Of course, one of the greatest goals of any believer is to comprehend the true nature of God. Yet, differences in how we perceive the truth of God can lead to miscommunication, creating unnecessary tension and even animosity between people of different faiths.
Hence, part of the importance of studying other religions: to know what other people believe and why and develop a better idea of where they are coming from. A Christian or Hindu who understands a Muslim’s conviction will better be able to communicate with them while still respectfully disagreeing, and vice versa.
Building Your Skillset
In addition to expanding your understanding of others, you will also gain practical tools and knowledge through taking religious studies courses. For example, studying religions usually requires the ability to conduct research. There are many resources you must read through in order to acquire a deeper understanding of a belief system, from sacred texts such as the Bible or the Qu’ran to secondary sources including textbooks and commentaries.
Moreover, learning to do research in religious studies teaches you the methodological approach known as the phenomenology of religion. Essentially, taking this approach means examining a religion based purely on the way it presents itself, without any distortions due to personal values or beliefs. To do otherwise is to risk introducing your own ideas — or worse, your own prejudices — into your research. Thus, taking a religious studies class will teach you to not only search for information but to evaluate it in a manner free from your own preconceptions.
Formal research in religious studies also means becoming acquainted with the Chicago style of citation. Although there are multiple forms of documentation with this style, religious studies scholars tend to use the Notes and Bibliography System (NB). This system of documentation uses numbered footnotes linked to short citations at the bottom of the page, along with full-length citations in a bibliography at the end of the document. Even if you do not plan to major in religious studies, you will still find this a useful style to learn if you are interested in any of the humanities, from history to the arts.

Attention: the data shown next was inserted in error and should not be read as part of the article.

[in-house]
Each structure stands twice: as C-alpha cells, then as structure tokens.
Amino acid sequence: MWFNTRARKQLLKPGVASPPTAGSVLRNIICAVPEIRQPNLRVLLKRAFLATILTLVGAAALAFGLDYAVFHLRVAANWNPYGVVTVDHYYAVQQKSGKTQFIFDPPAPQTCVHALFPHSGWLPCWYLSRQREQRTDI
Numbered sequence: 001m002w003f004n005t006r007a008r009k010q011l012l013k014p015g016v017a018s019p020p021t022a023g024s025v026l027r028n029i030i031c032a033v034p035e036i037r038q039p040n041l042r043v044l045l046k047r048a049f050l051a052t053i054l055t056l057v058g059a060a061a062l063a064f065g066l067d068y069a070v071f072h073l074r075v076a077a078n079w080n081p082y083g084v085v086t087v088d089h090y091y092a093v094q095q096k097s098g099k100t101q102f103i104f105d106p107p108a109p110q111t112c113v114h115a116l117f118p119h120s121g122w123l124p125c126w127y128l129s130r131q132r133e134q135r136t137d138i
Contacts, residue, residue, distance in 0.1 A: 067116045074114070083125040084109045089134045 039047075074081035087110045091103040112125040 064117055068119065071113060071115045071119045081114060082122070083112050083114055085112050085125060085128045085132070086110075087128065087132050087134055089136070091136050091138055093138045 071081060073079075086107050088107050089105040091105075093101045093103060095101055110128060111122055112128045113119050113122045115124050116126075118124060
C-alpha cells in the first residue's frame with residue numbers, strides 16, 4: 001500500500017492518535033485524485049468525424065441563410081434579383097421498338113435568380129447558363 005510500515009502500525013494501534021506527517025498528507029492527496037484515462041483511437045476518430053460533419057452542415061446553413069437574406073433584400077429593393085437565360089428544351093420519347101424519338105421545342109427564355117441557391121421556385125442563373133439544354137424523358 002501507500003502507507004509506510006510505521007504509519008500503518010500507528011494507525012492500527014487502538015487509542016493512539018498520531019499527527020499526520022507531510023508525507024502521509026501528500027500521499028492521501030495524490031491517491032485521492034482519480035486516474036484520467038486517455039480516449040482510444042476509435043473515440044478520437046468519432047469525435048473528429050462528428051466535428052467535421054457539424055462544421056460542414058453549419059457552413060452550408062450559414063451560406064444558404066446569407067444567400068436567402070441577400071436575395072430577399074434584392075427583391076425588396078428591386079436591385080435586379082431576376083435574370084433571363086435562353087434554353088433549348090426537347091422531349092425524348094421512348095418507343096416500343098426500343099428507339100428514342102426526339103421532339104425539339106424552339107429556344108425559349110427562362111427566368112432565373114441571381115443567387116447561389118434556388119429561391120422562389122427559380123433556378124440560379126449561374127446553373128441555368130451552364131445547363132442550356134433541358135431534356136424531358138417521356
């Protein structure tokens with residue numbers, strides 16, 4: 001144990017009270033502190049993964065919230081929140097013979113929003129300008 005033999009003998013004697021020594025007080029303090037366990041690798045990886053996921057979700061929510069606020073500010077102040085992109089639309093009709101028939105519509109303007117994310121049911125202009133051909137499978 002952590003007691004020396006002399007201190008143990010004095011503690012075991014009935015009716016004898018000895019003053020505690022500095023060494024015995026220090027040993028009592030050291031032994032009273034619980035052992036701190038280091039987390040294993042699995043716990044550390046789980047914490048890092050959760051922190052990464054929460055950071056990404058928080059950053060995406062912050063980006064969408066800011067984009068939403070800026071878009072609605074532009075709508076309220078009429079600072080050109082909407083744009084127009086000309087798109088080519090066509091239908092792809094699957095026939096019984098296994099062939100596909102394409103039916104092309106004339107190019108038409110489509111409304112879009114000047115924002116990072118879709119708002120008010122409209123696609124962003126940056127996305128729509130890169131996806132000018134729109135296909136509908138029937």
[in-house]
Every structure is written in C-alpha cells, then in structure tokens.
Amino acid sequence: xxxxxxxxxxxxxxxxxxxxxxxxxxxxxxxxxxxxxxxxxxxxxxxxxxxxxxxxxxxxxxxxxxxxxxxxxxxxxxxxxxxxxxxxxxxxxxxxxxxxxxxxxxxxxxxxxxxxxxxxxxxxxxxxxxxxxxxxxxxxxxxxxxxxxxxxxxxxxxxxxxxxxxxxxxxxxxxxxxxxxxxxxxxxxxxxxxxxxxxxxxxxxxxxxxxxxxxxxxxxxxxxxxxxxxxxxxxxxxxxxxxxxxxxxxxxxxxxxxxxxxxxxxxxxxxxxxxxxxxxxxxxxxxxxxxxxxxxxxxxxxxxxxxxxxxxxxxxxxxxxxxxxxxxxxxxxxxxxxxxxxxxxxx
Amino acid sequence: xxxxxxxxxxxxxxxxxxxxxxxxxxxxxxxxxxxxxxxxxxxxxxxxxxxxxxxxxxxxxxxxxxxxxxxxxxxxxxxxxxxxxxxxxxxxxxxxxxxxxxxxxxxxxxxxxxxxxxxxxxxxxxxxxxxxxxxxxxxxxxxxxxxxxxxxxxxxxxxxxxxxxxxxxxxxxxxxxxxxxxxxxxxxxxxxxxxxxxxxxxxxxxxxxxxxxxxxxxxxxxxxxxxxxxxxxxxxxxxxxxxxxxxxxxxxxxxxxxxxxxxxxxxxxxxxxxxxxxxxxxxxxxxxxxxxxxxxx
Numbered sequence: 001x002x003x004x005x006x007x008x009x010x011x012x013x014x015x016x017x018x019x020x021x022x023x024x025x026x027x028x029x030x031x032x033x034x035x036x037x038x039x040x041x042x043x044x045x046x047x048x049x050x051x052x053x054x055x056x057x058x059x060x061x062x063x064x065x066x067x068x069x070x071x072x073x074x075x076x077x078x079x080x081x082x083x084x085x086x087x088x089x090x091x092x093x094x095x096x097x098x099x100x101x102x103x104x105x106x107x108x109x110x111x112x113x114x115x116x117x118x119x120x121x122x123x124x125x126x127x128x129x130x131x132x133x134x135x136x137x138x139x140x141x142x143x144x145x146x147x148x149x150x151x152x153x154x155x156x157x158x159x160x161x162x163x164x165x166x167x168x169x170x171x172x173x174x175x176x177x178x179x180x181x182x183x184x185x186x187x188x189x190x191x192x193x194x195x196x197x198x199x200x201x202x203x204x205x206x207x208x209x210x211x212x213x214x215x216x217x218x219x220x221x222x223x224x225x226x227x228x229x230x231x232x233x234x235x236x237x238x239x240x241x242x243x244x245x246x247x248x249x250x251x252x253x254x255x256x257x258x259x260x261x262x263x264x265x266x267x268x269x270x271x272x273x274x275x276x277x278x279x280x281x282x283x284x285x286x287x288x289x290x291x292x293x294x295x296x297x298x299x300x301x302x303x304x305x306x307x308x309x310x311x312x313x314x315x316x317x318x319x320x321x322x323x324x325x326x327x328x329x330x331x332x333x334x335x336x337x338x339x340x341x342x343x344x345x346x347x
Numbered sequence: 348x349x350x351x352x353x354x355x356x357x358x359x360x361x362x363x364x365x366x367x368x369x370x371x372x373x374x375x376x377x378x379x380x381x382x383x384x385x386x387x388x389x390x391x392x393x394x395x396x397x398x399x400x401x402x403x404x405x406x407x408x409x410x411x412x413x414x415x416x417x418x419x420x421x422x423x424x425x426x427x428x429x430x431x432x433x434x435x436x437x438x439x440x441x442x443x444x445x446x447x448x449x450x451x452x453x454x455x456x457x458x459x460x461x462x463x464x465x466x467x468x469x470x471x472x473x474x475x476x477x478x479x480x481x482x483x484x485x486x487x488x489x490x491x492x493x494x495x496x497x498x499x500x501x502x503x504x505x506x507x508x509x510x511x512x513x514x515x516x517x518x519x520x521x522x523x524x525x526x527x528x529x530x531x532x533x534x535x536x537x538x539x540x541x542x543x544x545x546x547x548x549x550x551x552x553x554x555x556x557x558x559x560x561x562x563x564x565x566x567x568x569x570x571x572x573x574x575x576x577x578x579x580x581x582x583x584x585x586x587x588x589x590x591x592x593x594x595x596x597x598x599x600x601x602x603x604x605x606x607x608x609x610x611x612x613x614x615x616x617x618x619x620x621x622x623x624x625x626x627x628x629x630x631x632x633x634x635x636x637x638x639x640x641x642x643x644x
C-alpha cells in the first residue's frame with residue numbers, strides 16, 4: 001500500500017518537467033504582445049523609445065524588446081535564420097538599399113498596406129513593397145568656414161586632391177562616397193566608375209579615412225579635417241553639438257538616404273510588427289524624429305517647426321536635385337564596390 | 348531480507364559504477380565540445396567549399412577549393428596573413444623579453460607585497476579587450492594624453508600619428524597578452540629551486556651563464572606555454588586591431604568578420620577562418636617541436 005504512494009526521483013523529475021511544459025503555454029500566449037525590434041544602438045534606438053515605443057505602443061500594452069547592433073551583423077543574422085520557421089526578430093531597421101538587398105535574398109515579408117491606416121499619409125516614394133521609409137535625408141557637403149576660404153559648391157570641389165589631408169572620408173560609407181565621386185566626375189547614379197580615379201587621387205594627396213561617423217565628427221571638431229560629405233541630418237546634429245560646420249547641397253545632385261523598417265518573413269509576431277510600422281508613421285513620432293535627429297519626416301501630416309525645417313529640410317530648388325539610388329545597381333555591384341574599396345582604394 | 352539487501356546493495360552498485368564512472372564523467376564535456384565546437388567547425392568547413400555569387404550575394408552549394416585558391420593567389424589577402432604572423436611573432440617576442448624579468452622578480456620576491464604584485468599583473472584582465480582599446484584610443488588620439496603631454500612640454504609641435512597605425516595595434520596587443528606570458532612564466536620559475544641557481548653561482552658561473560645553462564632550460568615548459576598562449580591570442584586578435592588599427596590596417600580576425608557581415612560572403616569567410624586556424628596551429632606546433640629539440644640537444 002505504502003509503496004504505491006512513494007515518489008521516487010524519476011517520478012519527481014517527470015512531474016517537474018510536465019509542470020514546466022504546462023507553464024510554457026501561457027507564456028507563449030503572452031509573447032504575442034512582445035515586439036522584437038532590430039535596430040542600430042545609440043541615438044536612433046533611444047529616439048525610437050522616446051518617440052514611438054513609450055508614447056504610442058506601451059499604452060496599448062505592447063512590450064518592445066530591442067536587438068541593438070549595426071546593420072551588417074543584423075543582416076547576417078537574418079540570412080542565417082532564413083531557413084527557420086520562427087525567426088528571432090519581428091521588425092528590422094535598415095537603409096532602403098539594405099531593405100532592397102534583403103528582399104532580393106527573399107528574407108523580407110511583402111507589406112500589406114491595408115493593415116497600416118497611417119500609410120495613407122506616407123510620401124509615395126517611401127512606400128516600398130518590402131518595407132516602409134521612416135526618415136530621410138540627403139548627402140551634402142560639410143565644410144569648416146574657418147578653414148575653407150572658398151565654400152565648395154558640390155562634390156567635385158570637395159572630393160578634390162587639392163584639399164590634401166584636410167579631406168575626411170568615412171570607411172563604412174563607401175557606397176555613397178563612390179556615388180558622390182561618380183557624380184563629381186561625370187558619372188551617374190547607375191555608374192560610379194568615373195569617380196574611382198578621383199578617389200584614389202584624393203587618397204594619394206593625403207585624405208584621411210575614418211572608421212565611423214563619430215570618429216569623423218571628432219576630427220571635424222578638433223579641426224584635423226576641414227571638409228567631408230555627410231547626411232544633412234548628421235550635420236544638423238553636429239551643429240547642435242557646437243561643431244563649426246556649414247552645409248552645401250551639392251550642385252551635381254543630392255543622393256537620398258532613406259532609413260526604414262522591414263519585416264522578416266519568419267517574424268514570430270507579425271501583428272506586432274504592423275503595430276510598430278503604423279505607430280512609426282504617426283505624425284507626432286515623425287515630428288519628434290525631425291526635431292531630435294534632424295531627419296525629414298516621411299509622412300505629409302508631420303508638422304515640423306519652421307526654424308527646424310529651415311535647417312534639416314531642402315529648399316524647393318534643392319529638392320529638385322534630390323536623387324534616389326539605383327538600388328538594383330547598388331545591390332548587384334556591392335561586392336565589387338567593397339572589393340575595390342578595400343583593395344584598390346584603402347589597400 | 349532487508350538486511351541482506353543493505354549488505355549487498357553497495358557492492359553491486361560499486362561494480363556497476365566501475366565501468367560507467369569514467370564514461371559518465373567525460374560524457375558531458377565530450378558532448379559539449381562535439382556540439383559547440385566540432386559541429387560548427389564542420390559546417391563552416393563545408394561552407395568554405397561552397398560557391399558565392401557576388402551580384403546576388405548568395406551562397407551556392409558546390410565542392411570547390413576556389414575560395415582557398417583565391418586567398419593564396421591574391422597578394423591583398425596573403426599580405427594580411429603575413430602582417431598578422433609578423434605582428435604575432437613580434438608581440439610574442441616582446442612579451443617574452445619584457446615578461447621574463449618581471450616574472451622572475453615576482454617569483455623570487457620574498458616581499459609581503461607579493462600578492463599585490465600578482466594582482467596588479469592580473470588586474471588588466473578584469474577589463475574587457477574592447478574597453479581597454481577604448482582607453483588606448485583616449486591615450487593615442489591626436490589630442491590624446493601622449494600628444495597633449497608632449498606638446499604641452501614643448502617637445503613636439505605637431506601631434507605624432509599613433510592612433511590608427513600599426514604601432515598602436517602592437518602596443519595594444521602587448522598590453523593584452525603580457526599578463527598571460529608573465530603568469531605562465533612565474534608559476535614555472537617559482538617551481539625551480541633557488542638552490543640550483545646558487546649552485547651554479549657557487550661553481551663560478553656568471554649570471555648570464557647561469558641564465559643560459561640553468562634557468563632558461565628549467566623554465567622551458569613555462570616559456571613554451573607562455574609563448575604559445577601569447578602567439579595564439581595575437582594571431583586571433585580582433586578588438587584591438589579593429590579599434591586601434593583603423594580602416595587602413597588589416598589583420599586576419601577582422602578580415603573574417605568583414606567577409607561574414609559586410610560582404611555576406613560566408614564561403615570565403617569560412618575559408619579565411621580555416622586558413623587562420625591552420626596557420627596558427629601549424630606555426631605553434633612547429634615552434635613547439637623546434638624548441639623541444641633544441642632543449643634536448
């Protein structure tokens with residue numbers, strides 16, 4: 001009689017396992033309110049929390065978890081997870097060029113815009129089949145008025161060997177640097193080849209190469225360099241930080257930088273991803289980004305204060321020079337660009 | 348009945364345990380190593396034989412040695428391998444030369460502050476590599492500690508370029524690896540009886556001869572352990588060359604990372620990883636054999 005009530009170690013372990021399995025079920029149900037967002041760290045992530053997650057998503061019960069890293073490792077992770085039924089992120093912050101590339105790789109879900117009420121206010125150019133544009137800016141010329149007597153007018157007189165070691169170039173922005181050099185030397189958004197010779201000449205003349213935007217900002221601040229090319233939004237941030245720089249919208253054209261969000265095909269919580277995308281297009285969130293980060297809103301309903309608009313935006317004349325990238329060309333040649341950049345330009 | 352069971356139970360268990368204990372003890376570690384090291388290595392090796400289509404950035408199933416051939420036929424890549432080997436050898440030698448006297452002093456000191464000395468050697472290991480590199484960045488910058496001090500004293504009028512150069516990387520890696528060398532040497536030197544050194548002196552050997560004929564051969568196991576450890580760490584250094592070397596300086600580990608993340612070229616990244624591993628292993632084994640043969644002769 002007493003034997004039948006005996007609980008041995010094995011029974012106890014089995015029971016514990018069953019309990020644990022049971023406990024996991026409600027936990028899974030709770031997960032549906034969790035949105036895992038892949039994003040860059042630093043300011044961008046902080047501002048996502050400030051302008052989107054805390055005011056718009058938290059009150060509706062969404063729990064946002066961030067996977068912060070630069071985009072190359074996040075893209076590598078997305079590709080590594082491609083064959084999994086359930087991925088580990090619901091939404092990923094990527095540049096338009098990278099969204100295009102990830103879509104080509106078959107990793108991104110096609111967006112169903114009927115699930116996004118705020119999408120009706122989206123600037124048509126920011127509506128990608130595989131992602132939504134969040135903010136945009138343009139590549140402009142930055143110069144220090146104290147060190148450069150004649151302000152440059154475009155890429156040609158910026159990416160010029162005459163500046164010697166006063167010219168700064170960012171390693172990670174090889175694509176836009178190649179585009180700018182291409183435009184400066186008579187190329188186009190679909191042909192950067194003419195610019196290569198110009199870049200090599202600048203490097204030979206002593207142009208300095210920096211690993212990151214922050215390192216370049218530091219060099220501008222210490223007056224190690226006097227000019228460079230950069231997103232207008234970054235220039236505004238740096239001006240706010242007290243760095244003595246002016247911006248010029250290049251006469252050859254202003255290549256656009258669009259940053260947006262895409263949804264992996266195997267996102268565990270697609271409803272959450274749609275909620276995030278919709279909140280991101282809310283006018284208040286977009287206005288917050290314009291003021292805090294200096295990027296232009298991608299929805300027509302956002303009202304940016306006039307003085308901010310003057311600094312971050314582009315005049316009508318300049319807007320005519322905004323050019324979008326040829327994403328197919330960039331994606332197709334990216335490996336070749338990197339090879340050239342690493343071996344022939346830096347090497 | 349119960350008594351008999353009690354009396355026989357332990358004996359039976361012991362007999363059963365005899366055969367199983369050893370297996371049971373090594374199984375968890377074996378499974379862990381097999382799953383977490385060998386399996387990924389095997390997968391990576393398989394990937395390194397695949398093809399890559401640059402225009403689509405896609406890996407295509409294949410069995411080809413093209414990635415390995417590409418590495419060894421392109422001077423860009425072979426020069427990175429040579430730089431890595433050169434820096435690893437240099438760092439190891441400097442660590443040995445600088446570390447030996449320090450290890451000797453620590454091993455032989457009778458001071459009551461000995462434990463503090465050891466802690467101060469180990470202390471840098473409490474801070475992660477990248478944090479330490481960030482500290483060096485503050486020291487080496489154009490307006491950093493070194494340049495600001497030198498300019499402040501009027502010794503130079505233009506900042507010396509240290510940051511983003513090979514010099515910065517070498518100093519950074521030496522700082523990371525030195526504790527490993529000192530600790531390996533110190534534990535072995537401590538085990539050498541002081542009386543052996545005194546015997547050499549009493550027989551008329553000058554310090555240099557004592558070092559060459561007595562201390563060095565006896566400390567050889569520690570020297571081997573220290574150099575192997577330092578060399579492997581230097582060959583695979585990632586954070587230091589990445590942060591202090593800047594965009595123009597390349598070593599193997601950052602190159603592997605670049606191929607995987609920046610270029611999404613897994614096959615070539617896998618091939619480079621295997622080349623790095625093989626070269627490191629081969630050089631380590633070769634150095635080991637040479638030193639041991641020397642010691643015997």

Although it may not seem like a practical field to some, religious studies carries with it a variety of advantages and benefits. Learning about other belief systems will not only introduce you to new ways of thinking, it will also aid you in communicating with people whose background and beliefs differ from your own. In an increasingly interconnected world where tensions seem to be rising between people of different faiths, the knowledge that will allow you to bridge the gap will become even more valuable.
Additionally, learning to do research within religious studies will not only acquaint you with Chicago style; you will also learn phenomenology of religion, which will give you experience with researching and writing from a neutral standpoint. In a time when people’s trust in the media is eroding, those who can be relied upon to examine and share information without allowing their bias to shape their findings will surely be sought after.
Certainly, it should never be said that religious studies is useless. You will find much to be gained from this field, whether you take only a few classes or decide to make it your major.